Wrapping up the 2021 Sundance Film Festival

2012+Sundance+Institute+%7C+Photo+by+Jonathan+Hickerson.

Jonathan Hickerson

2012 Sundance Institute | Photo by Jonathan Hickerson.

By , Kate Button, Cade Anderson, and Paige Anderson

 

The 2021 Sundance Film Festival was unprecedented, to say the least. The ongoing COVID-19 pandemic forced the festival programming to transition to an online format instead of the traditional festivities taking place in-person in Park City, Utah. Regardless, the festival had to go on, and so it did — without any major problems. Spanning from Jan. 28 to Feb. 3, the 2021 Sundance Film Festival went on to host amazing films from filmmakers across the globe, representing multiple genres. Writers from the Arts Desk had the incredible opportunity of viewing a few of these sensational films as they premiered over the course of the festival. Here are their thoughts on this year’s festival.

Kate Button 

I have only ever attended the Sundance Film Festival twice — once in 2020 and now in 2021. Last year, my days at Sundance were filled with lively events, exciting premieres and thrilling days walking up and down Main Street in Park City. Initially, I was worried about how Sundance would manage to translate these elements to a virtual stage, but I was pleasantly surprised at how rewarding the experience was. Sure, there were fewer films available to watch during the festival, but it seemed like the programming committee was more selective, and I don’t think you could have gone wrong with any of the options available. I loved the live Q&As after the premieres — they managed to replicate the intimate and friendly community that I had immediately

A still from Summer Of Soul (Or, When The Revolution Could Not Be Televised) by Ahmir “Questlove” Thompson, an official selection of the U.S. Documentary Competition at the 2021 Sundance Film Festival. (Courtesy of Sundance Institute | photo by Mass Distraction Media)

fallen in love with at Sundance in 2020. For the films I watched this year, I appreciated how they each related to some current event or phenomena facing the world — “Summer of Soul” prompted me to reflect on racism in the music industry as well as music’s ties to cultural revolutions; “Strawberry Mansion” inspired critiques of capitalism and powerful governmental regimes while simultaneously providing a sense of escapism in the surreal; and “How it Ends” challenged me to be more optimistic in spite of the pandemic. It’s not often you can attend a film festival from the comfort of your own living room, but this year, the intimacy of this experience made each film feel more personal, and I felt more inspired to reflect on each film’s message as it relates to my own life. It can be hard to provide meaningful experiences over a virtual platform, but the success of the Sundance Film Festival this year demonstrates that it can be done.

 

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@kateannebutton

 

Paige Gardner

The 2021 Sundance Film Festival looked a little different from in years past. With limited in-person events, we got cozy and participated from the comfort of our homes. Despite the departure from festival norms, there is no doubt audience members are walking away from this year’s selections inspired and stimulated. Directors, actors, producers and Sundance staff fielded calls and questions throughout the festival, many working remotely. Despite the distance, between interactive virtual reality to zoom calls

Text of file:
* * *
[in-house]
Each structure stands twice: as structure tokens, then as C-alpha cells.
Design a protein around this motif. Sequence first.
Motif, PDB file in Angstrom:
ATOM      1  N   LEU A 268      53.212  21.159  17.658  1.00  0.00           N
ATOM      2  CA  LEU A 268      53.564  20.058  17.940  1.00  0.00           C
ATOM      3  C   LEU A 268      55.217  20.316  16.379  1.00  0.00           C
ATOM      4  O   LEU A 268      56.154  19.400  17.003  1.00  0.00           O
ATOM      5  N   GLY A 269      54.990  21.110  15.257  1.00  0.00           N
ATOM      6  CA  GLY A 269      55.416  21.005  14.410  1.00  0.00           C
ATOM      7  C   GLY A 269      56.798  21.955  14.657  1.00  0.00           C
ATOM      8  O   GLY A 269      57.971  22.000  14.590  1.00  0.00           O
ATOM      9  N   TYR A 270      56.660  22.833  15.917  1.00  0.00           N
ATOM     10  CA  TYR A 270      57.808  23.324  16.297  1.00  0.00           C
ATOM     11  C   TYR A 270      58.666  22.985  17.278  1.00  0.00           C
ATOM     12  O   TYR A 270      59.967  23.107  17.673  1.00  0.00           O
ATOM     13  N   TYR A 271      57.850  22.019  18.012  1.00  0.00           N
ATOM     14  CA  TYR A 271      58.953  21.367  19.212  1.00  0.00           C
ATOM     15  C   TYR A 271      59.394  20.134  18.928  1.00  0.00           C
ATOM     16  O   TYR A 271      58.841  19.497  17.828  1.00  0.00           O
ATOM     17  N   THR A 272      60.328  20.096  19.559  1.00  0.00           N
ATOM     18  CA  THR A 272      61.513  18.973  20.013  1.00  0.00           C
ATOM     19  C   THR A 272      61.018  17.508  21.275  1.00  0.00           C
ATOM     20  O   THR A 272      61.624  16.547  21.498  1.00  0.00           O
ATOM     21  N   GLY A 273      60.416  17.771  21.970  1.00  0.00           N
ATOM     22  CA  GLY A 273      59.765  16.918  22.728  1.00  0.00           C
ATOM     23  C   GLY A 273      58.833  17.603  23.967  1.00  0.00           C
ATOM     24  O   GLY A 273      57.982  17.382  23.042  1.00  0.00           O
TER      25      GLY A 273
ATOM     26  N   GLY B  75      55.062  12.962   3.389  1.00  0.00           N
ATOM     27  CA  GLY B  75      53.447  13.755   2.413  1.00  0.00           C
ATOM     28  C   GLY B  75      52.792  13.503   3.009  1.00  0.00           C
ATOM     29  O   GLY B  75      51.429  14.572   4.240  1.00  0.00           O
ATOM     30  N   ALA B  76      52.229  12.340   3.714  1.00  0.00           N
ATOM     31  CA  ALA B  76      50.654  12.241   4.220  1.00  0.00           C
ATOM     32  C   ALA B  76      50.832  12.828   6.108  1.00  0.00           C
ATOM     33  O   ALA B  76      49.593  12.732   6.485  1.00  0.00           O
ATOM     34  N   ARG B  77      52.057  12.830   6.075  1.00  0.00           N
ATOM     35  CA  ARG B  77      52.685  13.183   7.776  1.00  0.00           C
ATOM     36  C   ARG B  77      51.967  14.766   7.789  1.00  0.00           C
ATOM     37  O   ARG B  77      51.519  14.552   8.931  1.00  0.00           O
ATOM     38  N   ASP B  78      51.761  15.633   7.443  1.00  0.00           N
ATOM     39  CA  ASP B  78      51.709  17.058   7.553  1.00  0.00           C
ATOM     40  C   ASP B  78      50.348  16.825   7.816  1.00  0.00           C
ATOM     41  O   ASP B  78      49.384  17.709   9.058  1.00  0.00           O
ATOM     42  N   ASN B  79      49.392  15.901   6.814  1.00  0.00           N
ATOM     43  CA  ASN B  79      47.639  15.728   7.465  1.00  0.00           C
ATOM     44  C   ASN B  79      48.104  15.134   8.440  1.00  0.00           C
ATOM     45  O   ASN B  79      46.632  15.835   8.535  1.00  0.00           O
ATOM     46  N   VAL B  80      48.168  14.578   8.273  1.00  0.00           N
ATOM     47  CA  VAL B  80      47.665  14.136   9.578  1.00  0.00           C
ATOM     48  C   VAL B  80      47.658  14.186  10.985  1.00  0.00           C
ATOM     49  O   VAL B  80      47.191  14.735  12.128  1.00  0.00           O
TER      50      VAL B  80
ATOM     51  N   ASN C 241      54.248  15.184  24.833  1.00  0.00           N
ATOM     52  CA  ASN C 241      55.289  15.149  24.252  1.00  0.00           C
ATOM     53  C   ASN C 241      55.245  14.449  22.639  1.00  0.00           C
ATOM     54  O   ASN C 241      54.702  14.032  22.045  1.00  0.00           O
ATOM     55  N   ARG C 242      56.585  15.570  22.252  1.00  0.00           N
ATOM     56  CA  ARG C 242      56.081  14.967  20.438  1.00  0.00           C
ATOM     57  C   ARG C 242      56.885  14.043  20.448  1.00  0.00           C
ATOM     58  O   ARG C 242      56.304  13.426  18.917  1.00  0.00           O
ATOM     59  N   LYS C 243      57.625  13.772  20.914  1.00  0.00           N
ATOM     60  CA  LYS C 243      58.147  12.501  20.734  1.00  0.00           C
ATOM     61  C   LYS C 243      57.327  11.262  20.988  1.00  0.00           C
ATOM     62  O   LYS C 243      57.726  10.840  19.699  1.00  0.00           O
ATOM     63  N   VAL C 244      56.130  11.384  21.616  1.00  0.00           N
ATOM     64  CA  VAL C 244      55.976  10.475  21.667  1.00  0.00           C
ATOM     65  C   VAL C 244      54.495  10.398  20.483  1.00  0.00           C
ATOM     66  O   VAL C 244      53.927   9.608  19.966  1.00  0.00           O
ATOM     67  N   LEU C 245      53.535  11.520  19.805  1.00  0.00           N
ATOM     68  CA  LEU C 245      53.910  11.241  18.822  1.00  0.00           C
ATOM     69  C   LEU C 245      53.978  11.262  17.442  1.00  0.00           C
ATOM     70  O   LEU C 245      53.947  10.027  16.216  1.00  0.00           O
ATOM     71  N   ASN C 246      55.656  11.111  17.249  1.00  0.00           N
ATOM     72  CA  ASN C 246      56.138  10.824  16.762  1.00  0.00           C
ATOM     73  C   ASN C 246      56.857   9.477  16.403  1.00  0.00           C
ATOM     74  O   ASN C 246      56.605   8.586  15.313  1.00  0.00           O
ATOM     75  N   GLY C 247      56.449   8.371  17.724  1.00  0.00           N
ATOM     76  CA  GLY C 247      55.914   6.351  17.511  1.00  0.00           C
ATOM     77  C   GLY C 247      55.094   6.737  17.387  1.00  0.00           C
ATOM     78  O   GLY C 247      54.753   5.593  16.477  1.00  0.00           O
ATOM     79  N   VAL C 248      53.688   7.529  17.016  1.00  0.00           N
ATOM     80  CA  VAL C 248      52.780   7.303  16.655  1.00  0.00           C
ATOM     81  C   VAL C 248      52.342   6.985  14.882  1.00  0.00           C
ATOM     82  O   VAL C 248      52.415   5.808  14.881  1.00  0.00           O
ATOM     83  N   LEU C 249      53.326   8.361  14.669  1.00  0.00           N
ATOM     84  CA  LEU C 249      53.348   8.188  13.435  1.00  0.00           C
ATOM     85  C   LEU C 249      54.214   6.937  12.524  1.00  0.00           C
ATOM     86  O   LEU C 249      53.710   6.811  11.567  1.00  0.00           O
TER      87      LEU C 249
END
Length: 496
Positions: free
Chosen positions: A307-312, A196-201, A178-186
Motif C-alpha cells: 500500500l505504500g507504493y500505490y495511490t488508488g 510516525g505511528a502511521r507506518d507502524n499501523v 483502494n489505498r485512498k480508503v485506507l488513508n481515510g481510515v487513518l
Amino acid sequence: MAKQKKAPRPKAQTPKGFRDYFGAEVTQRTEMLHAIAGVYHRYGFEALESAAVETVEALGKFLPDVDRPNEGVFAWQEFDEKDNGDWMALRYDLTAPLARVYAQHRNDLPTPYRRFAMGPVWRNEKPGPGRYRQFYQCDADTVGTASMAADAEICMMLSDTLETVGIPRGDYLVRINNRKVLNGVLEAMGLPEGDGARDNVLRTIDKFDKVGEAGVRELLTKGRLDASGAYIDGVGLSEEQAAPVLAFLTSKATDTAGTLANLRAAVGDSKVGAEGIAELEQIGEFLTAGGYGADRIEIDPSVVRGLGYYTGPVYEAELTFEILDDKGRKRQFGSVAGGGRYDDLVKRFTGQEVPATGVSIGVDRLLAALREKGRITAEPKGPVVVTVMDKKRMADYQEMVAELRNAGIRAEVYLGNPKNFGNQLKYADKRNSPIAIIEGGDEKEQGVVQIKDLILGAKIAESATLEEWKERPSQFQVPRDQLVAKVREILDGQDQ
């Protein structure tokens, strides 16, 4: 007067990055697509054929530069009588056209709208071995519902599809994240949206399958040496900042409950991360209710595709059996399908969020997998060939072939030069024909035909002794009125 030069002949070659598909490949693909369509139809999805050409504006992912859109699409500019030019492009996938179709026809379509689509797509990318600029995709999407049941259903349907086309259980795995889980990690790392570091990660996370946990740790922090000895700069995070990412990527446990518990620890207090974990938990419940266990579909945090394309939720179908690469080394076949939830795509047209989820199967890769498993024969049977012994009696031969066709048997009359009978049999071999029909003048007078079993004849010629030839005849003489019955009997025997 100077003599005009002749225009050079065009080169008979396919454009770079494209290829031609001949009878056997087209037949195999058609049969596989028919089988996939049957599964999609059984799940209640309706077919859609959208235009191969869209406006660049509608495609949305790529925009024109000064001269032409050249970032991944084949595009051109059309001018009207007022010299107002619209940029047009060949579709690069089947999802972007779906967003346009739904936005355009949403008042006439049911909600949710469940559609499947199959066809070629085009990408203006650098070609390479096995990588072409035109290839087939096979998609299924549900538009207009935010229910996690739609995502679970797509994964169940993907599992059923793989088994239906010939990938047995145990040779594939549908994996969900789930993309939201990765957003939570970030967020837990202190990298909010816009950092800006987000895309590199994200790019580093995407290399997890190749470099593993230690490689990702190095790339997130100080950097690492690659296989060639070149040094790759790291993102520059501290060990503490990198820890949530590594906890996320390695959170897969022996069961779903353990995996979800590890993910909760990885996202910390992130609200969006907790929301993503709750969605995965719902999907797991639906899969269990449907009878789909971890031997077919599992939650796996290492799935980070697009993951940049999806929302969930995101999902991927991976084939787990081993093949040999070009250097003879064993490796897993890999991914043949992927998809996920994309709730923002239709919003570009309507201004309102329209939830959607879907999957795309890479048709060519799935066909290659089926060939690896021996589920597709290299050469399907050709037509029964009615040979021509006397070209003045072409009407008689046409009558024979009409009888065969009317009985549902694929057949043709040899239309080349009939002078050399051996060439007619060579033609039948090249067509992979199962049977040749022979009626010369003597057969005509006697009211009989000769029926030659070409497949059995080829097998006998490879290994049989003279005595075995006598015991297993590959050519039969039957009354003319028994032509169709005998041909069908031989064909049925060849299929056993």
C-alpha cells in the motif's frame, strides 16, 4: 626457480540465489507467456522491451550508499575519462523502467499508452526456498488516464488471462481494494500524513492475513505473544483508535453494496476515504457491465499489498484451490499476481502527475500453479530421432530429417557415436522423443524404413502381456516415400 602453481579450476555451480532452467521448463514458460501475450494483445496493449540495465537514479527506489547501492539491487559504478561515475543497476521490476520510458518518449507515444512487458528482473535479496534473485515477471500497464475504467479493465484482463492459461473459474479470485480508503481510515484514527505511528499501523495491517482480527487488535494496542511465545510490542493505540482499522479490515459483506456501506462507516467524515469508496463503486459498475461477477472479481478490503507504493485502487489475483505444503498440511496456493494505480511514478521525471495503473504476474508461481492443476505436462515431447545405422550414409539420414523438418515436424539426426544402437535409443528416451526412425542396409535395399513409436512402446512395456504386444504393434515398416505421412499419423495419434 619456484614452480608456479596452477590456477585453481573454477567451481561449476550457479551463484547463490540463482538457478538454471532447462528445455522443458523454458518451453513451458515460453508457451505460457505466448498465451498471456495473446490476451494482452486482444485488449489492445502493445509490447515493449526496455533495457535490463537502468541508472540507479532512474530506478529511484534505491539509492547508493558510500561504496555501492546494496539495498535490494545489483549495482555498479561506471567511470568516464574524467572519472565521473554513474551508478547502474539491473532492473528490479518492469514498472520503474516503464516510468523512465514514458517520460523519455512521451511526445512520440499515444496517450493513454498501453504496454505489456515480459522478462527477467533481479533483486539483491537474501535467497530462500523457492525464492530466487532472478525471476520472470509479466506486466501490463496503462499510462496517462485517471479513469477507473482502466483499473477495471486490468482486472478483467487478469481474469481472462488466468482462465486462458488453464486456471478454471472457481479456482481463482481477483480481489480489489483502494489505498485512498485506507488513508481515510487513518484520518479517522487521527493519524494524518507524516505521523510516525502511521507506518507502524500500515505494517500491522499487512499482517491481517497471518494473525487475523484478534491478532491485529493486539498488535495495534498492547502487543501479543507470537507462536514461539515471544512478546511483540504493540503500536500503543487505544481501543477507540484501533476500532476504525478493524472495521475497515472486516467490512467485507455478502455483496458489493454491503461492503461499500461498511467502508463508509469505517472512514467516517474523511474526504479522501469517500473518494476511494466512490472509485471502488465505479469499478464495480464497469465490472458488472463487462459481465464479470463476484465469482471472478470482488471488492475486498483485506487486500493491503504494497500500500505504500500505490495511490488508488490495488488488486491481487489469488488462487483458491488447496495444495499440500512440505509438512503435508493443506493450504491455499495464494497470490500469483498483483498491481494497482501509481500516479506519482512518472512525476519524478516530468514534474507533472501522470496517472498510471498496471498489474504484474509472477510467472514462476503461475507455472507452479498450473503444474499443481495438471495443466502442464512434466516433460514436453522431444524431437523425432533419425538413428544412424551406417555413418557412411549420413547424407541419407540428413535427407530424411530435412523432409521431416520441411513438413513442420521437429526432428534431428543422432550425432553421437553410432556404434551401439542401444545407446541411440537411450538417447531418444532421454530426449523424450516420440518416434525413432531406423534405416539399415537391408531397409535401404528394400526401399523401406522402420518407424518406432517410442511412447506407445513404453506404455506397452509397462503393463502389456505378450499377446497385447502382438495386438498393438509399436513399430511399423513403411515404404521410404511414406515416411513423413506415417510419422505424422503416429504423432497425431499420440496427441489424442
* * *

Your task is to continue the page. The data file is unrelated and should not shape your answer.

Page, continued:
A still from Writing With Fire by Rintu Thomas and Sushmit Gosh, an official selection of the World Cinema Documentary Competition at the 2021 Sundance Film Festival. (Courtesy of Sundance Institute | photo by Black Ticket Films)

with cast members and directors, the level of engagement was anything but lacking. Viewers had the chance to write-in questions and comments before and after films that were answered in real-time by filmmakers and producers. Amidst the altered landscape this year, nothing stopped filmmakers from taking risks and reaching huge milestones. A prime example of that was Sian Heder’s drama “CODA” which sold for $25 million, breaking the Sundance record for the highest sale of a film — previously held by the 2020 premiere of “Palm Springs.” The Sundance community has been growing and innovating for almost 50 years. This season, that community felt stronger than ever. Brought together by the common goal of continuing the festival’s incredible legacy and a passion for filmmaking, the industry showed us its best. This will definitely be a year to remember.

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@paigegardner102

 

Cade Anderson

The last weekend in January was my first time at Sundance (and of course by “at Sundance,” I mean streaming movies online while sitting on my couch) as well as my birthday weekend. I could think of no better way to celebrate than by watching three new indie films! I’d be lying, though, if I said I didn’t feel a bit disappointed as I fought with laggy videos and a pet cat hell-bent on

Daniel Kaluuya, Ashton Sanders, Algee Smith, Dominique Thorne and Lakeith Stanfield appear in Judas and the Black Messiah by Shaka King, an official selection of the Premieres section at the 2021 Sundance Film Festival. (Courtesy of Sundance Institute | photo by Glen Wilson)
(Glen Wilson)

disrupting each movie. Last year, I promised myself that 2021 would be the year I finally go to Sundance — I envisioned myself making the trip up to snowy Park City, in a fun outfit, with some friends, absorbing the festival atmosphere. Even though I didn’t quite get the experience I expected, I ended this Sundance Festival feeling nothing but grateful and inspired. I got to take in some stellar art that I’ll never forget.

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